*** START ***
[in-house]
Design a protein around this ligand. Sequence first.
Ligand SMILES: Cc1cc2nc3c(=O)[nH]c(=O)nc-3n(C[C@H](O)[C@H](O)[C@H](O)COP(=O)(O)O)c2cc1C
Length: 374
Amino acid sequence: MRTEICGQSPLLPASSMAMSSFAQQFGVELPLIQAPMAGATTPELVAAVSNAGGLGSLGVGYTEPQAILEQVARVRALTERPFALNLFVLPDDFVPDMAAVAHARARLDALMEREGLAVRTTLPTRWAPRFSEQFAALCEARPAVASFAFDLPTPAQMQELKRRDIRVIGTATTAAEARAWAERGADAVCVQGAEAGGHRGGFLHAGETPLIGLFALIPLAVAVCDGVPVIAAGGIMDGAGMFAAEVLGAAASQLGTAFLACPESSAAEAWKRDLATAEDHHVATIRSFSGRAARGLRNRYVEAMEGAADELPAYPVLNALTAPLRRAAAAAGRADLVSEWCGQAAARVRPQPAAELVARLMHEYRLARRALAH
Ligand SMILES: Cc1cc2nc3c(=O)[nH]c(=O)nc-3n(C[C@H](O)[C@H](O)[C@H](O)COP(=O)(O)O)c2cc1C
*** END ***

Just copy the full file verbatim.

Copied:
[in-house]
Design a protein around this ligand. Sequence first.
Ligand SMILES: Cc1cc2nc3c(=O)[nH]c(=O)nc-3n(C[C@H](O)[C@H](O)[C@H](O)COP(=O)(O)O)c2cc1C
Length: 374
Amino acid sequence: MRTEICGQSPLLPASSMAMSSFAQQFGVELPLIQAPMAGATTPELVAAVSNAGGLGSLGVGYTEPQAILEQVARVRALTERPFALNLFVLPDDFVPDMAAVAHARARLDALMEREGLAVRTTLPTRWAPRFSEQFAALCEARPAVASFAFDLPTPAQMQELKRRDIRVIGTATTAAEARAWAERGADAVCVQGAEAGGHRGGFLHAGETPLIGLFALIPLAVAVCDGVPVIAAGGIMDGAGMFAAEVLGAAASQLGTAFLACPESSAAEAWKRDLATAEDHHVATIRSFSGRAARGLRNRYVEAMEGAADELPAYPVLNALTAPLRRAAAAAGRADLVSEWCGQAAARVRPQPAAELVARLMHEYRLARRALAH
Ligand SMILES: Cc1cc2nc3c(=O)[nH]c(=O)nc-3n(C[C@H](O)[C@H](O)[C@H](O)COP(=O)(O)O)c2cc1C